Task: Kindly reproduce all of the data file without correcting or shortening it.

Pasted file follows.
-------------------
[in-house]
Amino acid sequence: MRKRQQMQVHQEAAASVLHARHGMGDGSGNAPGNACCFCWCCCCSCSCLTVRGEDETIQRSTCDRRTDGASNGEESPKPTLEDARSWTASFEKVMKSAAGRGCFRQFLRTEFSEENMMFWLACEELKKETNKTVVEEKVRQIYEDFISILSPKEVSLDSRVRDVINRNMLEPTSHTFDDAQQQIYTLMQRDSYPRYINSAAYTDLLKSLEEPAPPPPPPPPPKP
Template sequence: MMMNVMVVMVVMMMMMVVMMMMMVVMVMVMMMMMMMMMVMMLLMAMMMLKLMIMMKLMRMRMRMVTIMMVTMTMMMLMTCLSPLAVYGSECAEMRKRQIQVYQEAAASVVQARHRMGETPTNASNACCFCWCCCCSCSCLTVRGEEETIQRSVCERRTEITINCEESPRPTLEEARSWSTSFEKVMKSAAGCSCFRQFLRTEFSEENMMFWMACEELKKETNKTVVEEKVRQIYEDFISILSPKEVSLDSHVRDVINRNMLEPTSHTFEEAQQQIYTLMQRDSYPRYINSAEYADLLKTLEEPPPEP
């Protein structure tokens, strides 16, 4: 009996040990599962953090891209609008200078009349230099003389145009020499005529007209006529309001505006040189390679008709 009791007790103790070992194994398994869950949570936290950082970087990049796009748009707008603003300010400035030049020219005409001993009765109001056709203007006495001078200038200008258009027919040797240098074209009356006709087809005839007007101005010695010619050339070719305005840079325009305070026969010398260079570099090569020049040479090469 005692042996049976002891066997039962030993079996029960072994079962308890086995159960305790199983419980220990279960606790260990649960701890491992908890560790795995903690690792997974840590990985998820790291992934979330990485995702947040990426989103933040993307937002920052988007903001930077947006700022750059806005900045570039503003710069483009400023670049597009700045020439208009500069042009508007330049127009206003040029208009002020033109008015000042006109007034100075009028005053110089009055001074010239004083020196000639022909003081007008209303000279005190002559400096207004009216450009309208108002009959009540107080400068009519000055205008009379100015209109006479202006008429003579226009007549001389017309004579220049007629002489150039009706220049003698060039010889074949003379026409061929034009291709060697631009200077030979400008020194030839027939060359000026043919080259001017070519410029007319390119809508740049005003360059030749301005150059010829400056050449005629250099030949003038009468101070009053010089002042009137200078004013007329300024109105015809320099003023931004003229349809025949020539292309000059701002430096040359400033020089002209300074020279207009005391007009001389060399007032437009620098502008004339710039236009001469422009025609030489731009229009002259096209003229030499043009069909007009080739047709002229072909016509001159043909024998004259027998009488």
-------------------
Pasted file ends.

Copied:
[in-house]
Amino acid sequence: MRKRQQMQVHQEAAASVLHARHGMGDGSGNAPGNACCFCWCCCCSCSCLTVRGEDETIQRSTCDRRTDGASNGEESPKPTLEDARSWTASFEKVMKSAAGRGCFRQFLRTEFSEENMMFWLACEELKKETNKTVVEEKVRQIYEDFISILSPKEVSLDSRVRDVINRNMLEPTSHTFDDAQQQIYTLMQRDSYPRYINSAAYTDLLKSLEEPAPPPPPPPPPKP
Template sequence: MMMNVMVVMVVMMMMMVVMMMMMVVMVMVMMMMMMMMMVMMLLMAMMMLKLMIMMKLMRMRMRMVTIMMVTMTMMMLMTCLSPLAVYGSECAEMRKRQIQVYQEAAASVVQARHRMGETPTNASNACCFCWCCCCSCSCLTVRGEEETIQRSVCERRTEITINCEESPRPTLEEARSWSTSFEKVMKSAAGCSCFRQFLRTEFSEENMMFWMACEELKKETNKTVVEEKVRQIYEDFISILSPKEVSLDSHVRDVINRNMLEPTSHTFEEAQQQIYTLMQRDSYPRYINSAEYADLLKTLEEPPPEP
């Protein structure tokens, strides 16, 4: 009996040990599962953090891209609008200078009349230099003389145009020499005529007209006529309001505006040189390679008709 009791007790103790070992194994398994869950949570936290950082970087990049796009748009707008603003300010400035030049020219005409001993009765109001056709203007006495001078200038200008258009027919040797240098074209009356006709087809005839007007101005010695010619050339070719305005840079325009305070026969010398260079570099090569020049040479090469 005692042996049976002891066997039962030993079996029960072994079962308890086995159960305790199983419980220990279960606790260990649960701890491992908890560790795995903690690792997974840590990985998820790291992934979330990485995702947040990426989103933040993307937002920052988007903001930077947006700022750059806005900045570039503003710069483009400023670049597009700045020439208009500069042009508007330049127009206003040029208009002020033109008015000042006109007034100075009028005053110089009055001074010239004083020196000639022909003081007008209303000279005190002559400096207004009216450009309208108002009959009540107080400068009519000055205008009379100015209109006479202006008429003579226009007549001389017309004579220049007629002489150039009706220049003698060039010889074949003379026409061929034009291709060697631009200077030979400008020194030839027939060359000026043919080259001017070519410029007319390119809508740049005003360059030749301005150059010829400056050449005629250099030949003038009468101070009053010089002042009137200078004013007329300024109105015809320099003023931004003229349809025949020539292309000059701002430096040359400033020089002209300074020279207009005391007009001389060399007032437009620098502008004339710039236009001469422009025609030489731009229009002259096209003229030499043009069909007009080739047709002229072909016509001159043909024998004259027998009488």